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Beyond the pandemic: online discussion organised by the Continental Day for Democracy and against Neoliberalism

Interview with Tica Moreno, World March of Women Brazil: “Having a horizon of transformation towards a new society is possible"

On 22 September, the Continental Day for Democracy and against Neoliberalism (La Jornada Continental [1]), will hold an online discussion entitled “Popular dialogues: unity, democracy and life for our peoples”. Taking place at 4pm in Central America (12am midnight CET), the discussion will be broadcasted live on their Facebook [2] page in Spanish, English and Portuguese.

“It will be a moment to share what we have built, our views about what is happening in our region, which goes beyond the worsening of the situation caused by the Covid-19 pandemic. It is a more systemic view of the crisis we are experiencing”, said feminist activist Tica Moreno from the World March of Women [3] Brazil in an interview with Real World Radio.

Created in 2015, the Continental Day for Democracy and against Neoliberalism [1] is a process of struggle, work and mobilisation, composed of several social movements and organisations from the Americas. As their website [4] explains: “We are organised peoples from different social sectors: unions, women movements, peasants, environmentalists, regional organisations and groups. This is part of the initiatives  which we have coordinated for decades in spaces for resistance, struggle and building of alternatives for and by the peoples of the Americas.”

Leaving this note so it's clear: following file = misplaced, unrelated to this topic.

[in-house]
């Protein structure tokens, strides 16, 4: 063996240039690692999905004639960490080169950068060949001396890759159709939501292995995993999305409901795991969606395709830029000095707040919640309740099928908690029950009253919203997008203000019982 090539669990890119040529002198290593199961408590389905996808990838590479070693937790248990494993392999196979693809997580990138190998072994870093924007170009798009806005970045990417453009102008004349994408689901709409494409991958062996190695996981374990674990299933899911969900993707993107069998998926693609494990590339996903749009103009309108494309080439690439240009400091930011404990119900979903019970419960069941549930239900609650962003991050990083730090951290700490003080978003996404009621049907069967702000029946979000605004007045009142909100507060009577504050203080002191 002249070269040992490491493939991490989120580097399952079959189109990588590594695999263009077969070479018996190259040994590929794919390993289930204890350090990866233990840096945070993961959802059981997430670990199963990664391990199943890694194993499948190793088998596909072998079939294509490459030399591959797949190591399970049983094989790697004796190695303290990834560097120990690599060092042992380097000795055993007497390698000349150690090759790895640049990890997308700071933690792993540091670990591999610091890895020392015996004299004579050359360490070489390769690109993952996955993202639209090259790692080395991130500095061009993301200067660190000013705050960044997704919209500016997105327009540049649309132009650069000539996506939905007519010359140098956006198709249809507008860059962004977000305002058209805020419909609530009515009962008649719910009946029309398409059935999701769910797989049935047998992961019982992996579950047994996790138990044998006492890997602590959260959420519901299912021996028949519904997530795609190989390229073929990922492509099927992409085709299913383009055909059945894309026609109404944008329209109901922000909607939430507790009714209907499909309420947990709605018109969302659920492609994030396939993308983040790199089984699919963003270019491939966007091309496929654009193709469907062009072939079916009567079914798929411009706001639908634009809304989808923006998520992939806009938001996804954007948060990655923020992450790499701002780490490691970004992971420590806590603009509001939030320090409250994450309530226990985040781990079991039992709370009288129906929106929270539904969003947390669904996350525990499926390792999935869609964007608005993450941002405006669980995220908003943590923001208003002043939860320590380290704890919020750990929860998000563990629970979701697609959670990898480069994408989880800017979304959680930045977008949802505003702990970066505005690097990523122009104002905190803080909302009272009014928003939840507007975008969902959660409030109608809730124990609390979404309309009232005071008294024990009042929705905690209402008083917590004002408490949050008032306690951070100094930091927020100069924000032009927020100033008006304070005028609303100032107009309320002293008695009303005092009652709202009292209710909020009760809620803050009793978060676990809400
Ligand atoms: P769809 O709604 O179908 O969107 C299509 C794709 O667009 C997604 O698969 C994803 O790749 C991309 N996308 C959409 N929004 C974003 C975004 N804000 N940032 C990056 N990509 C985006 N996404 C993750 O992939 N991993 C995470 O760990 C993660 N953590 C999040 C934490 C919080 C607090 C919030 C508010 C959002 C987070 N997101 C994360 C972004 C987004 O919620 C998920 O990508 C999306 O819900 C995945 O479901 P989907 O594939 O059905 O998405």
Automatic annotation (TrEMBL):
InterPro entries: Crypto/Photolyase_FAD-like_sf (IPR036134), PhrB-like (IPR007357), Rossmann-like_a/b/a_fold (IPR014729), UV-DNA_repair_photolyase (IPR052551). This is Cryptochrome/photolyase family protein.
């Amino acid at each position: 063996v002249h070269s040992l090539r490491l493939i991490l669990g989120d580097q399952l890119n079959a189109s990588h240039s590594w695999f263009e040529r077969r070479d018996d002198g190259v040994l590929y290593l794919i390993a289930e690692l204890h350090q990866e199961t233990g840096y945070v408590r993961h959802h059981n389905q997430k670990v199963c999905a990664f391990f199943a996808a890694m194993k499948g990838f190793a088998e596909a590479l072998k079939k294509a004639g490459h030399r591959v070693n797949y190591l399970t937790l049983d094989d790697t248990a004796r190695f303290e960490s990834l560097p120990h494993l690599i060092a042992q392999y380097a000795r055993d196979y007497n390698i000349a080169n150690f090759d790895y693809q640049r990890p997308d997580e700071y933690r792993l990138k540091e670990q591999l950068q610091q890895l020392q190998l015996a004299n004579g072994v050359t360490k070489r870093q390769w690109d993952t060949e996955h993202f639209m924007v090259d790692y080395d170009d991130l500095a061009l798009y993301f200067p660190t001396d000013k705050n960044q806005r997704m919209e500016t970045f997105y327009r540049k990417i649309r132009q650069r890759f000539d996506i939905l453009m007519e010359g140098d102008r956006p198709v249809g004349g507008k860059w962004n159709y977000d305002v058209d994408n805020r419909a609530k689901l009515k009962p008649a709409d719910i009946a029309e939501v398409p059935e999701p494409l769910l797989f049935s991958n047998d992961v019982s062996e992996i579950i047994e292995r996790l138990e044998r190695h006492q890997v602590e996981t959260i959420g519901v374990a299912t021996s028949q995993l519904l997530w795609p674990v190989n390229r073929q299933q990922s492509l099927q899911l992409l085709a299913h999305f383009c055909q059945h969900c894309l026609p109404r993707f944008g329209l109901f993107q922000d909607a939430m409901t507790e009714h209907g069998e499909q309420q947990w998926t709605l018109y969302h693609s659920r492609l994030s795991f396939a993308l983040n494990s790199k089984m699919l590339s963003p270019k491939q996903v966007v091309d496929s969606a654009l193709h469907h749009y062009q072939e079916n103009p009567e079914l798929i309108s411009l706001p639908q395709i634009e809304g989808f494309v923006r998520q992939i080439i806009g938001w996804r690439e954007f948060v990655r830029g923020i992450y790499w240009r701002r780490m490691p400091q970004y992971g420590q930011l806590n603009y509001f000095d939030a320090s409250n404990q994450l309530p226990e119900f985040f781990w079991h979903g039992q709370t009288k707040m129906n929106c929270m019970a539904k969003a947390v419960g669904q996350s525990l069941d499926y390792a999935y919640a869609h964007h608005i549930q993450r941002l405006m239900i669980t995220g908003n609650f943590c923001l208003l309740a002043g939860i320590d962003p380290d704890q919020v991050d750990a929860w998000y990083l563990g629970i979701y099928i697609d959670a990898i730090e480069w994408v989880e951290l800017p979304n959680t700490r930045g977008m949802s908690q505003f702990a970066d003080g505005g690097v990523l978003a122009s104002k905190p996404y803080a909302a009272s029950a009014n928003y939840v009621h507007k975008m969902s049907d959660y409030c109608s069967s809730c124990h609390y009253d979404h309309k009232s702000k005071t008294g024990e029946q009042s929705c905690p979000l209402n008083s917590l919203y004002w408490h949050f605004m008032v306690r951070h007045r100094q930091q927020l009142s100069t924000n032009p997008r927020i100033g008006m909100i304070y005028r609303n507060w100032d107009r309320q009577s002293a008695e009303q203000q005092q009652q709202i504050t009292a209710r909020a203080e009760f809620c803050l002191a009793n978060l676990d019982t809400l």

Next Tuesday’s public discussion will involve several representatives from different peoples’ organisations from the Continental Day. During the activity, a publication entitled “Responses and horizons for joint action in view of the global crisis unleashed by neoliberalism” will be launched. The Continental Day will also present a common agenda of activities and mobilisations to take place in October and November.

In the interview with Real World Radio, Tica Moreno mentioned that the debate will be useful to promote a “perspective of struggle and resistance”, in addition to a deep systemic analysis of the crisis of neoliberalism in the Americas. The different social movements and organisations from the Continental Day are planning many actions in October: anti-imperialist actions, actions against debt and international financial institutions, and actions linked to the closing week of the World March of Women’s fifth international action. The Continental Day, as a point of coordination between these different organisations, is joining these various agendas.

The activity on 22 September also aims, according to Tica, to analyse some important political moments for the region at the moment, including the presidential elections in the US (3 November) and Bolivia (18 October), and the referendum in Chile (25 October) to decide whether to change the Constitution in force since 1980 during Pinochet’s dictatorship, as well as who will be in charge of drafting a new Constitution.